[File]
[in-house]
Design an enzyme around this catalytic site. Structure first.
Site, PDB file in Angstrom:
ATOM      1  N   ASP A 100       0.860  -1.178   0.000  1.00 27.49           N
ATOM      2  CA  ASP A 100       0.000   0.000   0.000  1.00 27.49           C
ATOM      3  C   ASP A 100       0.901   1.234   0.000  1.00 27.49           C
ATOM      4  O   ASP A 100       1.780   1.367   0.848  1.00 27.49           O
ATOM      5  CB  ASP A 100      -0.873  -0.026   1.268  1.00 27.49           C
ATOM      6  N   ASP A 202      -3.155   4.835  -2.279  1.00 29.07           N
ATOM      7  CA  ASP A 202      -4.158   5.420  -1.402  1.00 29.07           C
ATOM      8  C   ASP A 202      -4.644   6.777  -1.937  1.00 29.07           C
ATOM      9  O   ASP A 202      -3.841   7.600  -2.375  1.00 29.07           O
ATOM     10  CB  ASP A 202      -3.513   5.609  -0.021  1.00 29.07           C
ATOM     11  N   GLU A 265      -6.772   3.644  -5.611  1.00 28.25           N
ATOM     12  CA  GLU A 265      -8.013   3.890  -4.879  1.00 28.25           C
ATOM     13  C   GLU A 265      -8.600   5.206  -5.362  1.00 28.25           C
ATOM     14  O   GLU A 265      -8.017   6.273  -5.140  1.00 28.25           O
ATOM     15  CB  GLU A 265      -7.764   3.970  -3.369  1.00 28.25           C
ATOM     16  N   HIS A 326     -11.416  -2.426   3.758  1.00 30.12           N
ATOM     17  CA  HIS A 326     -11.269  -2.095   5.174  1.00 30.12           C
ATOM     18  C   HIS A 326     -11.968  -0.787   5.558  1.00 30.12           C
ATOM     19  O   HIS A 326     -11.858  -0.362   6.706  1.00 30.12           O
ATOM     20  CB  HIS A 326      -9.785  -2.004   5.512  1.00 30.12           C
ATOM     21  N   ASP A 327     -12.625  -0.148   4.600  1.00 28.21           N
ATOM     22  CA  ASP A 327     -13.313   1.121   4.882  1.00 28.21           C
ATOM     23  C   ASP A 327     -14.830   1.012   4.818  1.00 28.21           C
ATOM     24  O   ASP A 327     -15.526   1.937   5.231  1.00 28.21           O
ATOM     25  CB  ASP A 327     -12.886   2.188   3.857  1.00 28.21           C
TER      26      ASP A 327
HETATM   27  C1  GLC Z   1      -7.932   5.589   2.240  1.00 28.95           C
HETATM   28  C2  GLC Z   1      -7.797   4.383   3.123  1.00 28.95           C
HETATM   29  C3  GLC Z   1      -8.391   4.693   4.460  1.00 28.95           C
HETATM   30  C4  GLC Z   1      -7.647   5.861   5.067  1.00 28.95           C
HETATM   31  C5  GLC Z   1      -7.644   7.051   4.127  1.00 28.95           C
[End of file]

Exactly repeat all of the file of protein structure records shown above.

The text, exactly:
[in-house]
Design an enzyme around this catalytic site. Structure first.
Site, PDB file in Angstrom:
ATOM      1  N   ASP A 100       0.860  -1.178   0.000  1.00 27.49           N
ATOM      2  CA  ASP A 100       0.000   0.000   0.000  1.00 27.49           C
ATOM      3  C   ASP A 100       0.901   1.234   0.000  1.00 27.49           C
ATOM      4  O   ASP A 100       1.780   1.367   0.848  1.00 27.49           O
ATOM      5  CB  ASP A 100      -0.873  -0.026   1.268  1.00 27.49           C
ATOM      6  N   ASP A 202      -3.155   4.835  -2.279  1.00 29.07           N
ATOM      7  CA  ASP A 202      -4.158   5.420  -1.402  1.00 29.07           C
ATOM      8  C   ASP A 202      -4.644   6.777  -1.937  1.00 29.07           C
ATOM      9  O   ASP A 202      -3.841   7.600  -2.375  1.00 29.07           O
ATOM     10  CB  ASP A 202      -3.513   5.609  -0.021  1.00 29.07           C
ATOM     11  N   GLU A 265      -6.772   3.644  -5.611  1.00 28.25           N
ATOM     12  CA  GLU A 265      -8.013   3.890  -4.879  1.00 28.25           C
ATOM     13  C   GLU A 265      -8.600   5.206  -5.362  1.00 28.25           C
ATOM     14  O   GLU A 265      -8.017   6.273  -5.140  1.00 28.25           O
ATOM     15  CB  GLU A 265      -7.764   3.970  -3.369  1.00 28.25           C
ATOM     16  N   HIS A 326     -11.416  -2.426   3.758  1.00 30.12           N
ATOM     17  CA  HIS A 326     -11.269  -2.095   5.174  1.00 30.12           C
ATOM     18  C   HIS A 326     -11.968  -0.787   5.558  1.00 30.12           C
ATOM     19  O   HIS A 326     -11.858  -0.362   6.706  1.00 30.12           O
ATOM     20  CB  HIS A 326      -9.785  -2.004   5.512  1.00 30.12           C
ATOM     21  N   ASP A 327     -12.625  -0.148   4.600  1.00 28.21           N
ATOM     22  CA  ASP A 327     -13.313   1.121   4.882  1.00 28.21           C
ATOM     23  C   ASP A 327     -14.830   1.012   4.818  1.00 28.21           C
ATOM     24  O   ASP A 327     -15.526   1.937   5.231  1.00 28.21           O
ATOM     25  CB  ASP A 327     -12.886   2.188   3.857  1.00 28.21           C
TER      26      ASP A 327
HETATM   27  C1  GLC Z   1      -7.932   5.589   2.240  1.00 28.95           C
HETATM   28  C2  GLC Z   1      -7.797   4.383   3.123  1.00 28.95           C
HETATM   29  C3  GLC Z   1      -8.391   4.693   4.460  1.00 28.95           C
HETATM   30  C4  GLC Z   1      -7.647   5.861   5.067  1.00 28.95           C
HETATM   31  C5  GLC Z   1      -7.644   7.051   4.127  1.00 28.95           C